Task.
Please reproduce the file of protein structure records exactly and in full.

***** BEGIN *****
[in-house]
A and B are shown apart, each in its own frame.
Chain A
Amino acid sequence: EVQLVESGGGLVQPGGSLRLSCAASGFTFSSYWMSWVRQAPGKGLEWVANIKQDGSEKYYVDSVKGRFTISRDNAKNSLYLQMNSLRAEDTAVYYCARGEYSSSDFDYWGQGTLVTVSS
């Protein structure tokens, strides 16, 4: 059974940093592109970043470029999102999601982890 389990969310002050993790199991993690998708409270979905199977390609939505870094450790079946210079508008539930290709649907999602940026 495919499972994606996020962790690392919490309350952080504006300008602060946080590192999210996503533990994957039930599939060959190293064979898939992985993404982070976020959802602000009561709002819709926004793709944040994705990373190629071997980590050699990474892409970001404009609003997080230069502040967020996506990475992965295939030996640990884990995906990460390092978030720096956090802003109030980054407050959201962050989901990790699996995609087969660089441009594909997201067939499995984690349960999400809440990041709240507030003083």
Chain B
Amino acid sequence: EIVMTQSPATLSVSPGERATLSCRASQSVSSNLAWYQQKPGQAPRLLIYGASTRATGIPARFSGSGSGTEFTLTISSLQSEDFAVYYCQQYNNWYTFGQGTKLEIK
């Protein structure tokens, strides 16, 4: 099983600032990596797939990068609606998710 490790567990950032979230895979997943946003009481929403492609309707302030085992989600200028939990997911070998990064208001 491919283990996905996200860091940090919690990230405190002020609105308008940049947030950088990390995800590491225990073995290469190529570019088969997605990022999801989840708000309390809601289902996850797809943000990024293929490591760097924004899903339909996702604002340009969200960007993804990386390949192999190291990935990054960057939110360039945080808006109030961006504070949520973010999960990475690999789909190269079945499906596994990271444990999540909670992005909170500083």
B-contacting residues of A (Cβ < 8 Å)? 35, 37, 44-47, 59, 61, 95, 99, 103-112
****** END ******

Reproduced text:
[in-house]
A and B are shown apart, each in its own frame.
Chain A
Amino acid sequence: EVQLVESGGGLVQPGGSLRLSCAASGFTFSSYWMSWVRQAPGKGLEWVANIKQDGSEKYYVDSVKGRFTISRDNAKNSLYLQMNSLRAEDTAVYYCARGEYSSSDFDYWGQGTLVTVSS
């Protein structure tokens, strides 16, 4: 059974940093592109970043470029999102999601982890 389990969310002050993790199991993690998708409270979905199977390609939505870094450790079946210079508008539930290709649907999602940026 495919499972994606996020962790690392919490309350952080504006300008602060946080590192999210996503533990994957039930599939060959190293064979898939992985993404982070976020959802602000009561709002819709926004793709944040994705990373190629071997980590050699990474892409970001404009609003997080230069502040967020996506990475992965295939030996640990884990995906990460390092978030720096956090802003109030980054407050959201962050989901990790699996995609087969660089441009594909997201067939499995984690349960999400809440990041709240507030003083």
Chain B
Amino acid sequence: EIVMTQSPATLSVSPGERATLSCRASQSVSSNLAWYQQKPGQAPRLLIYGASTRATGIPARFSGSGSGTEFTLTISSLQSEDFAVYYCQQYNNWYTFGQGTKLEIK
């Protein structure tokens, strides 16, 4: 099983600032990596797939990068609606998710 490790567990950032979230895979997943946003009481929403492609309707302030085992989600200028939990997911070998990064208001 491919283990996905996200860091940090919690990230405190002020609105308008940049947030950088990390995800590491225990073995290469190529570019088969997605990022999801989840708000309390809601289902996850797809943000990024293929490591760097924004899903339909996702604002340009969200960007993804990386390949192999190291990935990054960057939110360039945080808006109030961006504070949520973010999960990475690999789909190269079945499906596994990271444990999540909670992005909170500083």
B-contacting residues of A (Cβ < 8 Å)? 35, 37, 44-47, 59, 61, 95, 99, 103-112